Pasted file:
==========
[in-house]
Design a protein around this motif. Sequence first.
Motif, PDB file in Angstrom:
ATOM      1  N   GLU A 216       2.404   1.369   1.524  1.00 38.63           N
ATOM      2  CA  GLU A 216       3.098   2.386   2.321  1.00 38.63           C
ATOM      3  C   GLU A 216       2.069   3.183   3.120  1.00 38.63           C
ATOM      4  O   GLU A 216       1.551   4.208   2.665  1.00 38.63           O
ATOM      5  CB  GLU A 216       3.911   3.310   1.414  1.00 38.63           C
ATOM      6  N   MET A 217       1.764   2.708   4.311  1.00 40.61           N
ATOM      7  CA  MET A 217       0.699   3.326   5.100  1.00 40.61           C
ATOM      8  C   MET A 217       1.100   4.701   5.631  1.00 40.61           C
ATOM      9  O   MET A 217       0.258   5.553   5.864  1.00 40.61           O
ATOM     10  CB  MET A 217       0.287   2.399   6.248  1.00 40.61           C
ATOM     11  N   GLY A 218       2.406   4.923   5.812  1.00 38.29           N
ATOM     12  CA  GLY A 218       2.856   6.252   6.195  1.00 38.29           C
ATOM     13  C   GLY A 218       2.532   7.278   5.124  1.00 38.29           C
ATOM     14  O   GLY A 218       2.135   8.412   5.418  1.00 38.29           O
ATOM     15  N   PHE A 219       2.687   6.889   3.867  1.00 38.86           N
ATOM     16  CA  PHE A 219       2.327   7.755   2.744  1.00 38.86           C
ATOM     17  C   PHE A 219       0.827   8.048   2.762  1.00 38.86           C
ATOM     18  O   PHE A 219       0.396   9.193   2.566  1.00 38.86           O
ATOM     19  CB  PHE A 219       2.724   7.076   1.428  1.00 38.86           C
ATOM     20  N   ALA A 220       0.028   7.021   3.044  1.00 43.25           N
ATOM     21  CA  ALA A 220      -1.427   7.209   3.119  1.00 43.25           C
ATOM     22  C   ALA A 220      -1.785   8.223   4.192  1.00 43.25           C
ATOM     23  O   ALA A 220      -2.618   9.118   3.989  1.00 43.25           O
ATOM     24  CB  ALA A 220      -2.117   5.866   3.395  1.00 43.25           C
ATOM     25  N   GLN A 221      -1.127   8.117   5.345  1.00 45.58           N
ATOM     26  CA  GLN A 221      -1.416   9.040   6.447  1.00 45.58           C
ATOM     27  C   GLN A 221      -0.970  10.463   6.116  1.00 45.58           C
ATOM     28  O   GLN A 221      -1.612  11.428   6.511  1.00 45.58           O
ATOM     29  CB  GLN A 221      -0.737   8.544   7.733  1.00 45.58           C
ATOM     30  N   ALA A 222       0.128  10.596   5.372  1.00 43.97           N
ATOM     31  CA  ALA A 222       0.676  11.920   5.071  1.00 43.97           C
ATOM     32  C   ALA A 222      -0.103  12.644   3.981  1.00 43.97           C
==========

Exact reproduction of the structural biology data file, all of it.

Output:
[in-house]
Design a protein around this motif. Sequence first.
Motif, PDB file in Angstrom:
ATOM      1  N   GLU A 216       2.404   1.369   1.524  1.00 38.63           N
ATOM      2  CA  GLU A 216       3.098   2.386   2.321  1.00 38.63           C
ATOM      3  C   GLU A 216       2.069   3.183   3.120  1.00 38.63           C
ATOM      4  O   GLU A 216       1.551   4.208   2.665  1.00 38.63           O
ATOM      5  CB  GLU A 216       3.911   3.310   1.414  1.00 38.63           C
ATOM      6  N   MET A 217       1.764   2.708   4.311  1.00 40.61           N
ATOM      7  CA  MET A 217       0.699   3.326   5.100  1.00 40.61           C
ATOM      8  C   MET A 217       1.100   4.701   5.631  1.00 40.61           C
ATOM      9  O   MET A 217       0.258   5.553   5.864  1.00 40.61           O
ATOM     10  CB  MET A 217       0.287   2.399   6.248  1.00 40.61           C
ATOM     11  N   GLY A 218       2.406   4.923   5.812  1.00 38.29           N
ATOM     12  CA  GLY A 218       2.856   6.252   6.195  1.00 38.29           C
ATOM     13  C   GLY A 218       2.532   7.278   5.124  1.00 38.29           C
ATOM     14  O   GLY A 218       2.135   8.412   5.418  1.00 38.29           O
ATOM     15  N   PHE A 219       2.687   6.889   3.867  1.00 38.86           N
ATOM     16  CA  PHE A 219       2.327   7.755   2.744  1.00 38.86           C
ATOM     17  C   PHE A 219       0.827   8.048   2.762  1.00 38.86           C
ATOM     18  O   PHE A 219       0.396   9.193   2.566  1.00 38.86           O
ATOM     19  CB  PHE A 219       2.724   7.076   1.428  1.00 38.86           C
ATOM     20  N   ALA A 220       0.028   7.021   3.044  1.00 43.25           N
ATOM     21  CA  ALA A 220      -1.427   7.209   3.119  1.00 43.25           C
ATOM     22  C   ALA A 220      -1.785   8.223   4.192  1.00 43.25           C
ATOM     23  O   ALA A 220      -2.618   9.118   3.989  1.00 43.25           O
ATOM     24  CB  ALA A 220      -2.117   5.866   3.395  1.00 43.25           C
ATOM     25  N   GLN A 221      -1.127   8.117   5.345  1.00 45.58           N
ATOM     26  CA  GLN A 221      -1.416   9.040   6.447  1.00 45.58           C
ATOM     27  C   GLN A 221      -0.970  10.463   6.116  1.00 45.58           C
ATOM     28  O   GLN A 221      -1.612  11.428   6.511  1.00 45.58           O
ATOM     29  CB  GLN A 221      -0.737   8.544   7.733  1.00 45.58           C
ATOM     30  N   ALA A 222       0.128  10.596   5.372  1.00 43.97           N
ATOM     31  CA  ALA A 222       0.676  11.920   5.071  1.00 43.97           C
ATOM     32  C   ALA A 222      -0.103  12.644   3.981  1.00 43.97           C